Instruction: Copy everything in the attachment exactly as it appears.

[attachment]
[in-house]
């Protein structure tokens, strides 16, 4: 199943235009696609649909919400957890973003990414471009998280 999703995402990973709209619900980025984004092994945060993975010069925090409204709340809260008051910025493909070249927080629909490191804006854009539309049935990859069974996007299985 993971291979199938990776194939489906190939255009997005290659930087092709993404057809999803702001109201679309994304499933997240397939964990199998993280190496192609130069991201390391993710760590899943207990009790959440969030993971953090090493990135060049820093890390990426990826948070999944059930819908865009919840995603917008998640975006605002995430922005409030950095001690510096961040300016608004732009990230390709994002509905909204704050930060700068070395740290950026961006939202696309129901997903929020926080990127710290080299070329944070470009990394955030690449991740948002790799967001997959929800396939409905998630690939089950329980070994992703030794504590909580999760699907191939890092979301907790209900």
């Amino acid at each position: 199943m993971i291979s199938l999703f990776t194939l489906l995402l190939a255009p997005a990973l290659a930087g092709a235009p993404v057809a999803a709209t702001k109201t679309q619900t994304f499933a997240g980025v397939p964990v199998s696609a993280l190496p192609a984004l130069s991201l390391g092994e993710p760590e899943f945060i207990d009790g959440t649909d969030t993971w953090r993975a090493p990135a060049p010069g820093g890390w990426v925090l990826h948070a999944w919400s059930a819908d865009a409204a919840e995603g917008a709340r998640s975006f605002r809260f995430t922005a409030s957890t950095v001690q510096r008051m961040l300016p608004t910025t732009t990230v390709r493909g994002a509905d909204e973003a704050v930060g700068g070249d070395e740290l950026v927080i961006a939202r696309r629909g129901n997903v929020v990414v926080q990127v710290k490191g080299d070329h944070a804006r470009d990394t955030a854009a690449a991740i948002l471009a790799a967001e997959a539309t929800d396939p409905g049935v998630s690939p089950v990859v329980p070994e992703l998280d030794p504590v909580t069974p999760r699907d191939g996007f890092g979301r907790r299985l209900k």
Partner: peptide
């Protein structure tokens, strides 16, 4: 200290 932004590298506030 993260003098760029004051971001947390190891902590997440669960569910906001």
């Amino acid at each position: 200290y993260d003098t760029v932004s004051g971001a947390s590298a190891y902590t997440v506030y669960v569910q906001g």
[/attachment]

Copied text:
[in-house]
């Protein structure tokens, strides 16, 4: 199943235009696609649909919400957890973003990414471009998280 999703995402990973709209619900980025984004092994945060993975010069925090409204709340809260008051910025493909070249927080629909490191804006854009539309049935990859069974996007299985 993971291979199938990776194939489906190939255009997005290659930087092709993404057809999803702001109201679309994304499933997240397939964990199998993280190496192609130069991201390391993710760590899943207990009790959440969030993971953090090493990135060049820093890390990426990826948070999944059930819908865009919840995603917008998640975006605002995430922005409030950095001690510096961040300016608004732009990230390709994002509905909204704050930060700068070395740290950026961006939202696309129901997903929020926080990127710290080299070329944070470009990394955030690449991740948002790799967001997959929800396939409905998630690939089950329980070994992703030794504590909580999760699907191939890092979301907790209900």
């Amino acid at each position: 199943m993971i291979s199938l999703f990776t194939l489906l995402l190939a255009p997005a990973l290659a930087g092709a235009p993404v057809a999803a709209t702001k109201t679309q619900t994304f499933a997240g980025v397939p964990v199998s696609a993280l190496p192609a984004l130069s991201l390391g092994e993710p760590e899943f945060i207990d009790g959440t649909d969030t993971w953090r993975a090493p990135a060049p010069g820093g890390w990426v925090l990826h948070a999944w919400s059930a819908d865009a409204a919840e995603g917008a709340r998640s975006f605002r809260f995430t922005a409030s957890t950095v001690q510096r008051m961040l300016p608004t910025t732009t990230v390709r493909g994002a509905d909204e973003a704050v930060g700068g070249d070395e740290l950026v927080i961006a939202r696309r629909g129901n997903v929020v990414v926080q990127v710290k490191g080299d070329h944070a804006r470009d990394t955030a854009a690449a991740i948002l471009a790799a967001e997959a539309t929800d396939p409905g049935v998630s690939p089950v990859v329980p070994e992703l998280d030794p504590v909580t069974p999760r699907d191939g996007f890092g979301r907790r299985l209900k």
Partner: peptide
């Protein structure tokens, strides 16, 4: 200290 932004590298506030 993260003098760029004051971001947390190891902590997440669960569910906001």
């Amino acid at each position: 200290y993260d003098t760029v932004s004051g971001a947390s590298a190891y902590t997440v506030y669960v569910q906001g």